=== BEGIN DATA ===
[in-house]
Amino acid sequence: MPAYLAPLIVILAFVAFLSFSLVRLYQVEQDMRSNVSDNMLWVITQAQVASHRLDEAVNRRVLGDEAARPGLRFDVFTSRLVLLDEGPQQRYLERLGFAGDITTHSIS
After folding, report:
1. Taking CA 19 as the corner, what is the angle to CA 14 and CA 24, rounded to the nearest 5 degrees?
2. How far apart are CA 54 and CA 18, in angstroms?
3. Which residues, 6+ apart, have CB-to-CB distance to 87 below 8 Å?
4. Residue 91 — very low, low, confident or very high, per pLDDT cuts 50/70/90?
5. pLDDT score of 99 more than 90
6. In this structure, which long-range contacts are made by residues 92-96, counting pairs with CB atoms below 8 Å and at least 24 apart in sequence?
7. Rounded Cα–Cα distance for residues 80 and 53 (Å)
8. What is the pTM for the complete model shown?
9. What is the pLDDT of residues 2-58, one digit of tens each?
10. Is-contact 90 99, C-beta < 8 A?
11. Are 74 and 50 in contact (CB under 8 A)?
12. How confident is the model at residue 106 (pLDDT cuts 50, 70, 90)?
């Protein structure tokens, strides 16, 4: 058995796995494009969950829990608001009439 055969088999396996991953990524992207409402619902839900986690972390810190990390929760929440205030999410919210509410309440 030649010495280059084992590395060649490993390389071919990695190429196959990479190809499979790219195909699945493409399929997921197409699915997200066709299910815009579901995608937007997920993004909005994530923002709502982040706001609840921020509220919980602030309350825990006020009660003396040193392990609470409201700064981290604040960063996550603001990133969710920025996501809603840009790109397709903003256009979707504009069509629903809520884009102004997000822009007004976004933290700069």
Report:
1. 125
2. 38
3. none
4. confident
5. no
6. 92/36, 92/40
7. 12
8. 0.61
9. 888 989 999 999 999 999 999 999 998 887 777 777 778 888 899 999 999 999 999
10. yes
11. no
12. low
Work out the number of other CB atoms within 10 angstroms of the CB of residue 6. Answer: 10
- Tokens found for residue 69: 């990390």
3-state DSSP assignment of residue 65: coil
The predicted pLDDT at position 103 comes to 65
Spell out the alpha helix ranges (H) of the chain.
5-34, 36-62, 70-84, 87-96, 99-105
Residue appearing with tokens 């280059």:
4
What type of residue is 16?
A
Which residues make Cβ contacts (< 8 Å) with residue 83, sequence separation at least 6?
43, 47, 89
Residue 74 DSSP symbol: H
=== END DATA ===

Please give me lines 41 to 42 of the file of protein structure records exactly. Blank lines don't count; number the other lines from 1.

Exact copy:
43, 47, 89
Residue 74 DSSP symbol: H